Suppose I know your favorite icecream flavour is strawberry. You and I go to the icecream shop and we're about to order. I think to myself "scorpius loves strawberry icecream. I'm sure he's going to order strawberry icecream."
Meanwhile, you're looking over the available flavours. You see chocolate and peppermint, but you don't like those nearly as much as strawberry icecream. "I'll have a strawberry icecream!" you say.
"Aha! I knew that's what you'd choose", I say.
Does my knowing in advance what you'd choose mean that your choice wasn't free? You got exactly the flavour you wanted. Nobody stopped you from choosing chocolate or peppermint instead of strawberry.
Not true. If someone knows then you don't have a choice.
But - despite the use of the word - you didn't know.
It was an infomed "guess" but it wasn't factual knowledge.
If chocolate had been chosen you'd have been surprised but it wouldn't have been an earth-shattering phenomenon.
Knowledge (i.e. factual, true) prior to events is in itself constraining.
For it to be true and factual then no other "choice" is possible.
That is still a non sequitur.
What phenomenon do you propose intercedes when you try to make a choice?
See, I dont think you can confidently draw that conclusion until and unless you can demonstrate a physical mechanism by which one can *know* the future. Without that, you can't conclude that free will is constrained.
Here's a spurious example: God observes his multiverse in which you make all possible choices. He knows your actions yet you are not constrained.
Sure, whatever, I guess that makes sense.
I don't think that follows.
Imagine you are given a (supposedly) free choice of what number to pick.
You can pick any from the infinite numbers (ignoring the practical impossibility of such).
God would know, in your scenario, which number you would pick in each and every individual universe.
In each universe, however, you are individually constrained to pick the number that he knew you would pick in that universe.
The question that remains which you have not answered is : what form exactly does the constraint on my choice take?
Are you suggesting that, if all possibilities happen I am somehow constrained in a particular universe to pick number 13 and am *unable* to make a choice? How would that work? I don't think there is any such condition on universes in a multiverse.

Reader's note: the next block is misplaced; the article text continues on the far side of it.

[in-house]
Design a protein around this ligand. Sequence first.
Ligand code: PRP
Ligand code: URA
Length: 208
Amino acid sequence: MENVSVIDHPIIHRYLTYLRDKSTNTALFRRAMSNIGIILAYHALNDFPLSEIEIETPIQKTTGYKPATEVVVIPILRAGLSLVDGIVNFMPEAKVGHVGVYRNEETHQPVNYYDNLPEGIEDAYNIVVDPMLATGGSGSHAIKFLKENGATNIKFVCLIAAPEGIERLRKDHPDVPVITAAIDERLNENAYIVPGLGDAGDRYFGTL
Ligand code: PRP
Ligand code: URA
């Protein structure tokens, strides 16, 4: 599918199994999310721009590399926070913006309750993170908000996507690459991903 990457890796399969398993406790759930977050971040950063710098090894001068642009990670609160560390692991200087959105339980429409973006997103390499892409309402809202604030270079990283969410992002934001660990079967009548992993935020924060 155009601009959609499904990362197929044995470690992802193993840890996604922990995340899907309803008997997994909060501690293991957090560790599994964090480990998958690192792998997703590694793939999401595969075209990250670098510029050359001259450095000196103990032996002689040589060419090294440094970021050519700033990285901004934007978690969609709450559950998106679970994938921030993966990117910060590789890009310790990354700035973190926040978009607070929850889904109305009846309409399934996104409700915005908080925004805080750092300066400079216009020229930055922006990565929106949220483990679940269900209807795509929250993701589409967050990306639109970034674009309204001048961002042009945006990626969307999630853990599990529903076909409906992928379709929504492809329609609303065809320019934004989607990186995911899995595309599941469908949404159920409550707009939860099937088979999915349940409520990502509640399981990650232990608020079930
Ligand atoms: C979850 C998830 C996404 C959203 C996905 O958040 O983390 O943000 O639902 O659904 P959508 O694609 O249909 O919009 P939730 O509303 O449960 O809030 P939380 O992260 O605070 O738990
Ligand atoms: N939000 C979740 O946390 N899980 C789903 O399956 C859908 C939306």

Consider my rolling a die ad infinitum. Does my knowledge a forehand that the results will turn out 16.66% per side mean that any given roll is somehow physically constrained? Like, if I've rolled one each of 1 through 5, the sixth roll will be constrained to roll a six?
The form that it takes is in the output being the only possible output that it could ever have been.
It was the only possible output the day before the "choice" was made.
It was the only possible output a billion years before the "choice" was made.
No alternative equates to constraint.
In what way do you think that having but one genuine path is not a constraint, even if the individual is not aware of the constraint?
The lack of awareness of the constraint is why the incompatibilists refer to it as an illusion of choice, an illusion of freewill, when in (their view of) reality there is but a single possible path.
If there is foreknowledge, predetermination, whatever you want to call it, whether the mechanism is known or not by which it is achieved, then there is constraint, as per above, whether one is aware of it or not at the time.
But we, as individuals, are (possibly necessarily by dint of being self-aware/conscious) unaware of the constraint, and thus unaware that the apparent freedom we have is but an illusion.
Or so the incompatibilist might argue.
They view the picture from what Tiassa might describe as the infinite, while the compatibilist the moment-to-moment awareness.
And never the twain shall meet.
Please Register or Log in to view the hidden image!
Please Register or Log in to view the hidden image!
Separate names with a comma.